Social media information like tweets is being used to map the current flu outbreak
Researchers are working on ways to better filter tweets for accurate real-time predictions
There are apps and tools from the CDC, Google and startups dedicated to tracking the flu
Complaining on social networks about being sick might annoy your friends and followers, but it can be useful for tools that track the spread of illnesses.
A new method for filtering tweets, developed by researchers at Johns Hopkins University, could make the real-time data pouring in more accurate.
The United States is in the middle of one of its most severe flu seasons in years. Tech companies, universities and health organizations are harnessing the wealth of data from social networks and search engines, in addition to the usual reports from vital statics offices, hospitals, doctors and public health departments, to keep the public informed and better prepare public health workers.
The Centers for Disease Control and Prevention releases a weekly influenza update for the United States that includes stats on people with flu-like symptoms, hospitalizations and deaths. But the detailed information is about two weeks old by the time it comes out.
“There are a lot of gaps in the system that Twitter can fill,” said assistant research professor Mark Dredze, who headed up the Johns Hopkins project.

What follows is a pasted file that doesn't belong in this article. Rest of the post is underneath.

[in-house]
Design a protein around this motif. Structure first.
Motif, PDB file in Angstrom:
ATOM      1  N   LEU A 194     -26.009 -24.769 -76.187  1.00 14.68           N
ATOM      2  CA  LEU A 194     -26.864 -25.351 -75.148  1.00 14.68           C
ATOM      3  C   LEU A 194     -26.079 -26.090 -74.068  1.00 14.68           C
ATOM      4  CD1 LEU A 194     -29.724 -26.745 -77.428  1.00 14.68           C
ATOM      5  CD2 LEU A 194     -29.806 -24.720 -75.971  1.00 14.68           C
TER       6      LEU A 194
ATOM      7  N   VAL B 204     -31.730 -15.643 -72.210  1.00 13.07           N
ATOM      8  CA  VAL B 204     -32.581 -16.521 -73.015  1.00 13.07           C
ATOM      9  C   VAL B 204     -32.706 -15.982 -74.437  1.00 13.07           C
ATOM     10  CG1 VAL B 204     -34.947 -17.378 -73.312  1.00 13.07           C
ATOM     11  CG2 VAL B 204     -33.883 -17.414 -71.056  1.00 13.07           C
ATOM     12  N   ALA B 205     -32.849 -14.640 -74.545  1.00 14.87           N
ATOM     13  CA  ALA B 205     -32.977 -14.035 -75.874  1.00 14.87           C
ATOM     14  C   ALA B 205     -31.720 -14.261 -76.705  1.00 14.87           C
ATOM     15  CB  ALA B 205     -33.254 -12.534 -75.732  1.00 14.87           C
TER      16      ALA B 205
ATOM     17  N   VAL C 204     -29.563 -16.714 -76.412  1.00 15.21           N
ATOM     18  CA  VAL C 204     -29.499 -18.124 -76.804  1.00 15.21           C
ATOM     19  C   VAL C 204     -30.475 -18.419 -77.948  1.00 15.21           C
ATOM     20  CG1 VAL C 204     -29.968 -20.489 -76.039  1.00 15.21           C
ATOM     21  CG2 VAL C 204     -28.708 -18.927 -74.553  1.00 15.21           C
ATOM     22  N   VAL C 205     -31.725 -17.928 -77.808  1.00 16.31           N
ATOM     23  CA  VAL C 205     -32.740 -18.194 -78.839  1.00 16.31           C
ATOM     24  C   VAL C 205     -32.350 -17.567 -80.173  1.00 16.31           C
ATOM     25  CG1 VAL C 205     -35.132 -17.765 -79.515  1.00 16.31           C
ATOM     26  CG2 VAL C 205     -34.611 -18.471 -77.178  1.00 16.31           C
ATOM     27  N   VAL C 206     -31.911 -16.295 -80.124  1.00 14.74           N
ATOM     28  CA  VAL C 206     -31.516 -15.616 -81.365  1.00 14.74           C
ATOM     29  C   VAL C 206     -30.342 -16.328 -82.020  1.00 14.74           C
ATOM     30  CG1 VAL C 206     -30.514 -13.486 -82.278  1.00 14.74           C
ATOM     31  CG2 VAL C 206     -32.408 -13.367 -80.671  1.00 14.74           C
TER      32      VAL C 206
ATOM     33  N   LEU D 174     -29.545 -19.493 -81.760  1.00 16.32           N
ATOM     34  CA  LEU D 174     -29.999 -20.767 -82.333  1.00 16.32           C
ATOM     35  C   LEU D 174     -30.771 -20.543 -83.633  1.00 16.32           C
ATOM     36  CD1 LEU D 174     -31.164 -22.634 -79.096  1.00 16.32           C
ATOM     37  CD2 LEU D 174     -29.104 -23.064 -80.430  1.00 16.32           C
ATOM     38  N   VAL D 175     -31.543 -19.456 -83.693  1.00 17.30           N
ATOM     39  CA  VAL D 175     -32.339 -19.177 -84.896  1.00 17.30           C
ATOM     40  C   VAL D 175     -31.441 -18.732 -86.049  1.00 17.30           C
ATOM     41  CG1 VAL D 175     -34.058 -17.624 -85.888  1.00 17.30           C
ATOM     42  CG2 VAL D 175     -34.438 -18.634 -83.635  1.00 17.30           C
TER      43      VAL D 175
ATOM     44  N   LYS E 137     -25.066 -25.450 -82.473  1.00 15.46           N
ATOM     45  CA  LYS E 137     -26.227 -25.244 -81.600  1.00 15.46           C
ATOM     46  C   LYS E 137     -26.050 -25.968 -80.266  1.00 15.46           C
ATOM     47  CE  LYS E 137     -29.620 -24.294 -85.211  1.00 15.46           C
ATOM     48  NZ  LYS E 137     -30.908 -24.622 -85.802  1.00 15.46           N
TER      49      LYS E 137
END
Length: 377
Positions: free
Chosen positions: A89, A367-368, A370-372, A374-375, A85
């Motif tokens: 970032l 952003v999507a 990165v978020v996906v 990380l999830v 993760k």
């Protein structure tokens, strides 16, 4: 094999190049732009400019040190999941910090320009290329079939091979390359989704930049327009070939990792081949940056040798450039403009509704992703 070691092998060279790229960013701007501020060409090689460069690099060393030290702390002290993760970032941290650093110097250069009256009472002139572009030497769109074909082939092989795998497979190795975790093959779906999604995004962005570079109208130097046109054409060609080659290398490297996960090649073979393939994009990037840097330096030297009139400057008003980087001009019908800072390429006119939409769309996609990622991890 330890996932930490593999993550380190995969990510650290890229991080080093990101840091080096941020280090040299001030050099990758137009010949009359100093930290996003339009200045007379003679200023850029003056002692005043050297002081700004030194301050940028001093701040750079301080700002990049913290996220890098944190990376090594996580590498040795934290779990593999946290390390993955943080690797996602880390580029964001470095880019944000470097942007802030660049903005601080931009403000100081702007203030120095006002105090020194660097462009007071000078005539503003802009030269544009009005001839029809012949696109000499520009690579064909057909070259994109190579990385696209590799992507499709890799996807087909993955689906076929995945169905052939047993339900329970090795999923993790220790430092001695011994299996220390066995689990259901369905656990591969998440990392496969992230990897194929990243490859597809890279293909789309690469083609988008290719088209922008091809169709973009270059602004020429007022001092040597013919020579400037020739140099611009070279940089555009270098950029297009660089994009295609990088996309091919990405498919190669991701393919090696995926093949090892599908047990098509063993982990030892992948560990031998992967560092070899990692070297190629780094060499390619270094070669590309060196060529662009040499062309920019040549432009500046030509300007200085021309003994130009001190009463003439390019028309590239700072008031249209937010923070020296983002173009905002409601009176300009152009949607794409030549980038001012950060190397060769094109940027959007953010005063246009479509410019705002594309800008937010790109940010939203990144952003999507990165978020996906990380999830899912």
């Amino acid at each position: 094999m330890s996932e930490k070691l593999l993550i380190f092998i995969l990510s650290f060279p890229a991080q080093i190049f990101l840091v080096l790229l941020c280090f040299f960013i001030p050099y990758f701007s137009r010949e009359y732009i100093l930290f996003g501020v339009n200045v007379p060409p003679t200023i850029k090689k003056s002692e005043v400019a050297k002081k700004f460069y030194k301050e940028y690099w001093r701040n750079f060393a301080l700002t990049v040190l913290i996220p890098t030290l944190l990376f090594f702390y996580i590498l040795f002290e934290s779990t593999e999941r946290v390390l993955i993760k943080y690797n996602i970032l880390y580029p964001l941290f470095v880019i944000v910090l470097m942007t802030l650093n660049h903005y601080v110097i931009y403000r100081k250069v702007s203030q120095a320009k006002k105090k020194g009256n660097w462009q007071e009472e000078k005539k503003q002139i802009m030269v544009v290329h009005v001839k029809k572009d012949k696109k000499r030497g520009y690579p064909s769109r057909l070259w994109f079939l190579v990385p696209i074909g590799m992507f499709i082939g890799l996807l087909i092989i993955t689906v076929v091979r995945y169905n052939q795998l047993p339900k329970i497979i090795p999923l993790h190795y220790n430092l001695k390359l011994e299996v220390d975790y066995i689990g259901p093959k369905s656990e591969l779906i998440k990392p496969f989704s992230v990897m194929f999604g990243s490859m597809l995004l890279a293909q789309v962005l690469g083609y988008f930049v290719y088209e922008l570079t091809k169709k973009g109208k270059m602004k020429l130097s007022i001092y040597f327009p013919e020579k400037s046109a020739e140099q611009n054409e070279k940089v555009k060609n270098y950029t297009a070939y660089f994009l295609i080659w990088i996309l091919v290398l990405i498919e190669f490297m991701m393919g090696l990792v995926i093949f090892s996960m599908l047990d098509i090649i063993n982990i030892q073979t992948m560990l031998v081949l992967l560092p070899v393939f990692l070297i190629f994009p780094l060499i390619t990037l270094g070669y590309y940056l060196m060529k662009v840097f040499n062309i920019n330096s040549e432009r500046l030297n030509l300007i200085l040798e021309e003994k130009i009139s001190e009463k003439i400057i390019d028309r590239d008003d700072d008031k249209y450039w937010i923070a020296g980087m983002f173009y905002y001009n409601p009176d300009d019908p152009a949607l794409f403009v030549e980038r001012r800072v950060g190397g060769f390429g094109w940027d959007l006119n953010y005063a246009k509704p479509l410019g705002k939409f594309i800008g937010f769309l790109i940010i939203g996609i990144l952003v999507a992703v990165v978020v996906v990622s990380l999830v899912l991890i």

Real-time information like tweets are becoming a popular source of public health information. They can be used to do more than just track outbreaks. Dredze’s goal is to get ahead of the curve and actually predict where and when illnesses will spread. This information could be invaluable for public health departments, providing them advanced warnings and time to plan with additional doctors, hospital beds or school closings. Thanks to GPS information for each tweet, the location information gathered from Twitter is more finely detailed than the CDC.
Early warnings are good for regular people as well. They push people to get vaccinated before they catch the flu, and individuals with health issues who might be more vulnerable can take extra precautions.
With an average 340 million tweets a day, Twitter is a firehouse of muddled and misleading information. Taken at face value, keywords would indicate the entire country is suffering from an ongoing fever epidemic of the Bieber variety. Much of the running commentary on Twitter is a reaction to news events, so when a flu epidemic becomes a national news story, the number of people talking about it spikes, regardless of their own health status.
“Most people have just focused on the presence of flu. The very simple thing is you look at Twitter and look at the number of people using the world flu or sick everyday,” said Dredze. “The problem with that is if you look a little more closely it doesn’t really work.”
Dredze’s team is using algorithms to correct for these issues, filtering out the noise to isolate the useful information. They were already researching using Twitter to